The first integral nature reserve in Italy
In the heart of the Foreste Casentinesi, Monte Falterona and Campigna National Park lies the Sasso Fratino Nature Reserve. This is the first integral nature reserve in Italy, a portion of land where no human activities are allowed except for scientific research.
Established in 1959 with the aim of preserving one of the few strips of woodland still intact on the peninsula, the Sasso Fratino Nature Reserve extends 764 hectares along the steep northeastern slope of the Apennine ridge and passes through the municipalities of Santa Sofia and Bagno di Romagna. It is no wonder that this magical place has become a UNESCO World Heritage Site, listed among Europe's ancient beech forests.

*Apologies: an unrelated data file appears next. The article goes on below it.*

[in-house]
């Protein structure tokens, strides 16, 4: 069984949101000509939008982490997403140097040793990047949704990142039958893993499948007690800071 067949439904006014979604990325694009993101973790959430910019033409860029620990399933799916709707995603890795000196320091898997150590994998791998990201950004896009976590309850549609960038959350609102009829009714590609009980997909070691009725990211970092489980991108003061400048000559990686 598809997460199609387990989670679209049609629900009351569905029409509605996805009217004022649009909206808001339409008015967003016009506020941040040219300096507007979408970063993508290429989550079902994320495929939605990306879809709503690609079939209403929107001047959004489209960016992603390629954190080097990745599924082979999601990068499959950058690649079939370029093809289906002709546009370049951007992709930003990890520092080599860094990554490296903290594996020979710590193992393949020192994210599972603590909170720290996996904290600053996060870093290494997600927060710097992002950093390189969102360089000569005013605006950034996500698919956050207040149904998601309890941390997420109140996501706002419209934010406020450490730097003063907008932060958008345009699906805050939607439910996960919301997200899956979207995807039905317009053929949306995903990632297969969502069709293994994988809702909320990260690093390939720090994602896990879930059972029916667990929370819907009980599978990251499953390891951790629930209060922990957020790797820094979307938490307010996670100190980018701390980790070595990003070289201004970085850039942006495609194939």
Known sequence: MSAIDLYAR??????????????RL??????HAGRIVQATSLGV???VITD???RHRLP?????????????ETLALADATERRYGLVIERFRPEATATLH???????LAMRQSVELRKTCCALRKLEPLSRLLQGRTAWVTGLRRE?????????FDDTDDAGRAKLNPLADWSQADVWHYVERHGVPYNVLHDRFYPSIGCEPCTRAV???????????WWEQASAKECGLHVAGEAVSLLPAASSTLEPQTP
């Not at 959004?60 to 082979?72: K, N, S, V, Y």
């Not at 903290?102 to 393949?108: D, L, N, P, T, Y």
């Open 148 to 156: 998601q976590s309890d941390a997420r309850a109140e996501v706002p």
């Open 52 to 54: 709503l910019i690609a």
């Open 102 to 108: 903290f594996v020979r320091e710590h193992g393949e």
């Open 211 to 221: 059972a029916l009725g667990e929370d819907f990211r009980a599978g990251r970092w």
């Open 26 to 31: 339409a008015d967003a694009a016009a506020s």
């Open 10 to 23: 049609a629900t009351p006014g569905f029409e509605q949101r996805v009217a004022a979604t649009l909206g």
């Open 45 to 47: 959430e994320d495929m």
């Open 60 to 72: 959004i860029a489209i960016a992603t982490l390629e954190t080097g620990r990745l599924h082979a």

The area, rich in ditches, streams and rocky outcrops made of sand particles, is characterised by its high biodiversity. The reserve is home to mixed forests of beech and silver fir, sycamore and sycamore maples, mountain elms, linden, ash and conifers, and to 800 species of mushrooms. Animals include deer, roe deer, fallow deer, wild boar, mouflon, wolves and nocturnal birds of prey.